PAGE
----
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Bill Irwin, from Sesame Street to Broadway

By FREDERICK M. WINSHIP   |   Sept. 24, 2003 at 5:57 PM   |   Comments

NEW YORK, Sept. 24 (UPI) -- The Signature Theater Company has taken its dedication to season-long explorations of a single living playwright's body of work to the extreme this year by inviting clown and performance artist Bill Irwin to stage and star in three of his theatrical creations.

Irwin, probably best known as Mr. Noodle of TV's "Sesame Street," has been added to the list of America's most important playwrights honored by the Signature in past seasons, including Arthur Miller, Sam Shepard, Edward Albee, John Guare, Maria Irene Fornes, Horton Foote, and Lanford Wilson, with August Wilson and Paula Vogel set to be honored in future seasons.

James Houghton, the company's founding director, said he has always felt Irwin belonged in this exalted company.

"I want to stretch the boundaries of how we think of and define a playwright and what a playwright does," Houghton said in an interview. "Bill Irwin is a fierce creative force and an absolutely distinctive voice in the theater, and his work involves so much of a physical life."

Physicality in the sense of acting with the whole body is what the art of clowning is all about. Irwin is not only a master of the art, he has been declared a genius of clowning by being the only performer of his ilk to win one of the coveted MacArthur Fellowships, commonly called the "genius awards," along with a Guggenheim Fellowship and a National Endowment for the Arts Fellowship.

He currently is appearing at the Signature Theater's Off-Broadway Peter Norton Space in a 75-minute show titled "The Harlequin Studies," which has its roots in Italian commedia dell'arte of the 15th century. He will continue the season with a new version of his "The Regard of Flight," first performed in 1982, opening in December, and "Mr. Fox: A Rumination," based on the life of George L. Fox, a pantomimist of the Civil War era, opening in March.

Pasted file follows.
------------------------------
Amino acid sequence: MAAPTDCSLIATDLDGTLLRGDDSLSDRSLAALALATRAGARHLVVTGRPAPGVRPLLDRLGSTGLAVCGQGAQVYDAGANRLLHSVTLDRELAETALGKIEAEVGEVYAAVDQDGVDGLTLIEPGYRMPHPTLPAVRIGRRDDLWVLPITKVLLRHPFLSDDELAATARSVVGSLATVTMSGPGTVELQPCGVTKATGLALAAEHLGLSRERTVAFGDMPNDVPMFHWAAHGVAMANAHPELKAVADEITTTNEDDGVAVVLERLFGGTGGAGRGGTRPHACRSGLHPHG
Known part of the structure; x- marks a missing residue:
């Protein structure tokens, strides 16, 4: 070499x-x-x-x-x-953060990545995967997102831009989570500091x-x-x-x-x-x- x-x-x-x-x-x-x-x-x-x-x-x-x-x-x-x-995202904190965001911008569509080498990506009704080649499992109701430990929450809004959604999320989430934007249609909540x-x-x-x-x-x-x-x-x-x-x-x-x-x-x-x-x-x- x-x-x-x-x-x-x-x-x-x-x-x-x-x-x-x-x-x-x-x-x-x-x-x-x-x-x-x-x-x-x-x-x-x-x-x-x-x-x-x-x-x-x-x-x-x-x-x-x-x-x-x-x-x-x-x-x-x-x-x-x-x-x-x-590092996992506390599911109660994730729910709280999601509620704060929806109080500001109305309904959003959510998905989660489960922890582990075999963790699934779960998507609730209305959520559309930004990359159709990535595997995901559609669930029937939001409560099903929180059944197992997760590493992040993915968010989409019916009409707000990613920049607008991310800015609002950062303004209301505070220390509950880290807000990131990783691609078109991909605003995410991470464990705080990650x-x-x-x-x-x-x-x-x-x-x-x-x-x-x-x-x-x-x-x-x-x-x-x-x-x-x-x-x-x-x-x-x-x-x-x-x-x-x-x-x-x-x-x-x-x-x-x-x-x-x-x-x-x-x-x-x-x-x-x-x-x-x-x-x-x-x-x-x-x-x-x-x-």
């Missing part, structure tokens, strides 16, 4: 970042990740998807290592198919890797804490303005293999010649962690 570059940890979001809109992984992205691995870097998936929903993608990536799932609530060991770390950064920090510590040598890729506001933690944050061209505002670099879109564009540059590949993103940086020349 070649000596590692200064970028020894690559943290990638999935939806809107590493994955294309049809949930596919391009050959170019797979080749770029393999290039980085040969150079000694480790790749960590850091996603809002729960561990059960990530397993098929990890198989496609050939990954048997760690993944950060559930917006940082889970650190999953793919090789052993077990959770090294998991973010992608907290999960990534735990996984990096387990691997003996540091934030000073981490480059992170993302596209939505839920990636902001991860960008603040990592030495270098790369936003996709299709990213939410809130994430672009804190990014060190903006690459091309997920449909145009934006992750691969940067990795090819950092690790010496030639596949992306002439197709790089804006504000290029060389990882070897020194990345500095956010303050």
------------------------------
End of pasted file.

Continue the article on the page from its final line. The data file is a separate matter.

Irwin, a boyish 53, does not see himself as a mime, however, preferring to call himself an actor-clown and now actor-clown-playwright. He is no stranger to Broadway, having had a long run in "Fool Moon," a comic entertainment he devised with David Shiner a few seasons back, and he has taken straight acting roles in Samuel Beckett's "Waiting for Godot" and Albee's "The Goat, or Who is Sylvia?"

In "The Harlequin Studies," which will run through Oct. 26, Irwin plays with three other actors, three acrobats, and three musicians including pianist Doug Skinner, a long-time collaborator who composed music for the show and also takes an acting role.

The show opens with Irwin emerging from a trunk with a mortarboard on his head to engage Skinner in scholarly double talk about the Harlequin heritage that leads Irwin to imitate Charlie Chaplin, Harold Lloyd, and Buster Keaton. Soon the stage is alive with the antics of Irwin in a Harlequin-patterned clown costume and five other actors similarly dressed.

This segues the action into a short play in the commedia dell'arte tradition in which Irwin plays a mute, disobedient servant to an elderly master engaged to a pretty young girl passed off as an "heiress" by her greedy "father." The servant betrays his master by wooing the fiancée, practicing his lovemaking on a cloth-draped hat rack. A fanfare of comic riffs that includes Irwin's famous marionette routine ends the performance on a hilarious high.

The production shies away from allusions to contemporary events, although there is a skit about a Tax Cutter Harlequin that takes aim at George W. Bush.

Irwin is assisted by veteran comic actors Paxton Whitehead and Rocco Sisto, acrobats Steven T. Williams, John Oyzon, and Andrew Pacho, and actress Marin Ireland, who plays the "heiress" with winning pertness. Whitehead displays the wide range of his talents in various roles including that of an erudite cleric, a dwarf puppet, and Harlequin's master, and Sisto is equally resourceful, especially in playing both roles in a man-and-wife con team.

"The Harlequin Studies" is performed on Douglas Stein's simple sectional set separated by rough wood partitions, artfully lit by James Vermeulen, and the costumes designed by Catherine Zuber are traditional with as few ruffles as possible. Skinner's musical score mirrors the action on stage without establishing any compositional style other than to sound pleasing at all times.

Meanwhile, Irwin is committed to a cameo role in Jonathan Demme's upcoming remake of the film "The Manchurian Candidate," and will continue his appearances on "Sesame Street." The Signature Theater's Irwin season will continue through next May 24.

© 2003 United Press International, Inc. All Rights Reserved. Any reproduction, republication, redistribution and/or modification of any UPI content is expressly prohibited without UPI's prior written consent.
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